The unemployment rate hit a 17-year low, remaining unchanged at 4.1 percent for the fifth consecutive month. Also announced in the February 2018 Employment Situation report was the creation of 313,000 jobs. This is the greatest amount of job gains since July 2016 when 325,000 jobs were created.

The report, released by the U.S. Bureau of Labor Statistics on March 9th, announced job gains in construction, retail, professional and business services, manufacturing, financial activities and mining.

The national average unemployment rate of 4.1 percent is closest to the jobless rate of the white labor force — 3.7 percent. The unemployment rate of the Asian population is at 2.9 percent. The Hispanic and Latino population is at 4.9 percent. The highest jobless rate is found in the black population at 6.9 percent.

The jobless rates of underrepresented groups directly displays the country’s gap in economic mobility that some minority groups face.

In fact, the “household income for the average black family increased 42.8% since 1968, but remains only 61.6% of that of the typical white household,” reported Marketwatch’s Kari Paul.

“It’s very difficult for blacks and Latinos to move up the social ladder because we start at the bottom and live in bad neighborhoods with terrible public education,” said Brandon Marerro, a recent St. John’s University graduate. “It’s difficult to catch up regardless of talents and efforts.”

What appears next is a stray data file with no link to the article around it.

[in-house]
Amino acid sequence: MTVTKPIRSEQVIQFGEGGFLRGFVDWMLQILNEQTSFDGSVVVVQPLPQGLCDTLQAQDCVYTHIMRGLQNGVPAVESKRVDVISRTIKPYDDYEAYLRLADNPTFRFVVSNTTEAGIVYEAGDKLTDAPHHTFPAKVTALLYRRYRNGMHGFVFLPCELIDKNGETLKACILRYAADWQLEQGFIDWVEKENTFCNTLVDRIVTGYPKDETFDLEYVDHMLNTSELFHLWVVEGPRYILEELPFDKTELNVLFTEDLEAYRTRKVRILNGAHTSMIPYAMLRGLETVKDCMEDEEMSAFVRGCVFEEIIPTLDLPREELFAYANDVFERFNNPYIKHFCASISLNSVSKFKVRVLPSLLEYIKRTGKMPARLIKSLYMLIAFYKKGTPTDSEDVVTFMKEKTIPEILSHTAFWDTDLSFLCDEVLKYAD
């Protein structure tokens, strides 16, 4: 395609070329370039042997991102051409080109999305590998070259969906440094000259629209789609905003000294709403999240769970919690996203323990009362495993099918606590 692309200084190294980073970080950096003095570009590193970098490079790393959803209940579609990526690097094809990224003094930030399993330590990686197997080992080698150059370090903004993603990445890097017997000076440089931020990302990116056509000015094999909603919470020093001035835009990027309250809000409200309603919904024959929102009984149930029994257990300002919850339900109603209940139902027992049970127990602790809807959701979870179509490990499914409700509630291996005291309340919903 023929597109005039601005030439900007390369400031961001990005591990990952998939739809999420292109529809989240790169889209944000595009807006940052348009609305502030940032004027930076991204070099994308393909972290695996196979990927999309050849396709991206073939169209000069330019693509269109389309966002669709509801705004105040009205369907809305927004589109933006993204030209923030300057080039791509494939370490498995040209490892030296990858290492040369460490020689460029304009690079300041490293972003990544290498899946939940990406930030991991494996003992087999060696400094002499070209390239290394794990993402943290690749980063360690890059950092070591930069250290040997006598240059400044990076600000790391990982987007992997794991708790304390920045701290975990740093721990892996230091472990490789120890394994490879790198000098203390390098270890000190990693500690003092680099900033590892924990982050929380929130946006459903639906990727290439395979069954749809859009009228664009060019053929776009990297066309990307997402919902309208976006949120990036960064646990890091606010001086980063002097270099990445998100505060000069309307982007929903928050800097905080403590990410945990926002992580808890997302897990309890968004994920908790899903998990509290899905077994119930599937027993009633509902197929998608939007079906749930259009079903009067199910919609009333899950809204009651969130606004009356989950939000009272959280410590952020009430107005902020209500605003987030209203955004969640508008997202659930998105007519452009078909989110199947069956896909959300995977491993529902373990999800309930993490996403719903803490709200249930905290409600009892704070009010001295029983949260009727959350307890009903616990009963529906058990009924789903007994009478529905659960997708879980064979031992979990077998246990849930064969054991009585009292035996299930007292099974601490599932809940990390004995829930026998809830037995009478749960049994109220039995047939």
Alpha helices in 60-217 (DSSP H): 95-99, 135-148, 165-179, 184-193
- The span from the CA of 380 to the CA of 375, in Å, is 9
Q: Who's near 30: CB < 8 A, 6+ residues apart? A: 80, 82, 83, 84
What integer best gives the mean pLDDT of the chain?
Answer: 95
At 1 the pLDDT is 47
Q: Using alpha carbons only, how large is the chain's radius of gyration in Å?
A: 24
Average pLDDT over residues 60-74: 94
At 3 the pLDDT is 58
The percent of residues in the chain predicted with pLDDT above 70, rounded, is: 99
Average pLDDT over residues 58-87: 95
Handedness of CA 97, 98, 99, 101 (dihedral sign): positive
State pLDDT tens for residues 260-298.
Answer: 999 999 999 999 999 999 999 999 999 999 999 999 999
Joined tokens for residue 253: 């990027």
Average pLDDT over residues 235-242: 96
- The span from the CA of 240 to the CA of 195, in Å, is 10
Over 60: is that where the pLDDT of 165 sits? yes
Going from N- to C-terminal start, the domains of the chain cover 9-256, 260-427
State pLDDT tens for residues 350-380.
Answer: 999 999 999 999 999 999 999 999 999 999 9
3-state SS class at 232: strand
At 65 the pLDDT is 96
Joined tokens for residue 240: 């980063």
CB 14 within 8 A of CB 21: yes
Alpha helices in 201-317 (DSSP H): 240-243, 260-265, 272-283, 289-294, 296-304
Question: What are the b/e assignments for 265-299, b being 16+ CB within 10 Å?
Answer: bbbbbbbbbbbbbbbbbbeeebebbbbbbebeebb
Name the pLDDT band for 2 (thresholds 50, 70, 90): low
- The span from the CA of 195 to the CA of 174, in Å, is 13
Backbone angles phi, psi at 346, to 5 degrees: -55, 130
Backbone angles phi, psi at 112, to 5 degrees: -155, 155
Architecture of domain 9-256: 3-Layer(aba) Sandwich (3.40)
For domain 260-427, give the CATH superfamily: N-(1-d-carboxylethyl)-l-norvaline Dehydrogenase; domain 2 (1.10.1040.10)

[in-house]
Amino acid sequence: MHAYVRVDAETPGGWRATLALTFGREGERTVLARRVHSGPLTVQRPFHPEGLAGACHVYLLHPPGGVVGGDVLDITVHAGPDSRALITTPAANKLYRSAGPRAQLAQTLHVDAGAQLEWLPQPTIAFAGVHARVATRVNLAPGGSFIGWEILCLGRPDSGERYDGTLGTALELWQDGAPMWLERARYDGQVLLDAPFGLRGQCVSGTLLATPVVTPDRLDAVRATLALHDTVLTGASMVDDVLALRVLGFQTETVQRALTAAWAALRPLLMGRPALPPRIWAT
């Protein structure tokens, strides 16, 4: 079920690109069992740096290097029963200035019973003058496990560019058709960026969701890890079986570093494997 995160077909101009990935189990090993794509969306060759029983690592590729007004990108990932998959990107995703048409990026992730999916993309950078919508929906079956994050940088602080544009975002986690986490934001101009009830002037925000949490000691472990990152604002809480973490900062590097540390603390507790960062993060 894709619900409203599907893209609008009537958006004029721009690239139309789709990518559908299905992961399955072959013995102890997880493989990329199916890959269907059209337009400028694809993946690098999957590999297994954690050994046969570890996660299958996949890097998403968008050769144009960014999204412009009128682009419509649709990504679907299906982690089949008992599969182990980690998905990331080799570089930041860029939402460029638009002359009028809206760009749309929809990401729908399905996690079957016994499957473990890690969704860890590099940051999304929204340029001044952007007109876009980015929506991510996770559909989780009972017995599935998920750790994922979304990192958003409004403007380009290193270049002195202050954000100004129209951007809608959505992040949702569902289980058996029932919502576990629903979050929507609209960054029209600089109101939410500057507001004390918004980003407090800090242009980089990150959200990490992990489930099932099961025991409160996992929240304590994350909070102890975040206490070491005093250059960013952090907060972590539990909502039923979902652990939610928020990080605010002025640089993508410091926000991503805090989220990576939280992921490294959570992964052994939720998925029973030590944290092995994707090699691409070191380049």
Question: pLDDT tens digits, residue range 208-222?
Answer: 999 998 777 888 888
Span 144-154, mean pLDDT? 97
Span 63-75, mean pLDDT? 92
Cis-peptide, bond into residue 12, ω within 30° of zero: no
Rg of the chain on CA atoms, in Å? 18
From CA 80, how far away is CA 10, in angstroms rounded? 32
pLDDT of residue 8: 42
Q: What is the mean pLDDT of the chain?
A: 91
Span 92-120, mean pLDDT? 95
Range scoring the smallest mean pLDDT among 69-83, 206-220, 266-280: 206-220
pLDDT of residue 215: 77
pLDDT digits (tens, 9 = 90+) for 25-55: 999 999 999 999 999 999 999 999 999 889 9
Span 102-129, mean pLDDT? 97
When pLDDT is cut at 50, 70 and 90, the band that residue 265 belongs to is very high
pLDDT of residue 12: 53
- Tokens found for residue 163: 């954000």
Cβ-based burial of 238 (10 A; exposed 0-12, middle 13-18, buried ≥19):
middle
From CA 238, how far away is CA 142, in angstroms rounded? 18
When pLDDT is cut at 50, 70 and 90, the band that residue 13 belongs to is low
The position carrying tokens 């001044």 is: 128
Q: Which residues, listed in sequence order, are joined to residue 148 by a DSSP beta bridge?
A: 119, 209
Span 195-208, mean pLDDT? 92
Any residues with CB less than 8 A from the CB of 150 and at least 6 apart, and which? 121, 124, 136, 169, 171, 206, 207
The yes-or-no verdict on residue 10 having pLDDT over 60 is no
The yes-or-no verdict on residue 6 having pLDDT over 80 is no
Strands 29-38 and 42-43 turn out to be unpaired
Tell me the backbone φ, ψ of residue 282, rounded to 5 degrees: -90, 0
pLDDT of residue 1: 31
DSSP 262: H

Marerro, a Latino from the Bronx, would like to see combined statistics for unemployment by race and educational attainment. Currently the report offers both numbers, but in separate categories.

The current rate of unemployment for the population with a Bachelor’s degree and higher is 2.3 percent. High school graduates without a college education are facing a jobless rate nearly double that at 4.4 percent.

The gap between those rates proves attaining a degree to be crucial in lowering unemployment rates. The National Student Clearinghouse Research Center provided statistics outlining the racial and ethnic breakdowns of college completion rates for the first time in 2017.

“White and Asian students completed their programs at similar rates — 62 percent and 63.2 percent, respectively — while Hispanic and black students graduated at rates of 45.8 percent and 38 percent, respectively,” reported Emily Tate for Insider Higher Ed.

Citing both the February 2018 jobless rate and NSC report’s degree completion rate, one can find a correlation between job and degree attainment that needs to be reflected within the Employment Situation report.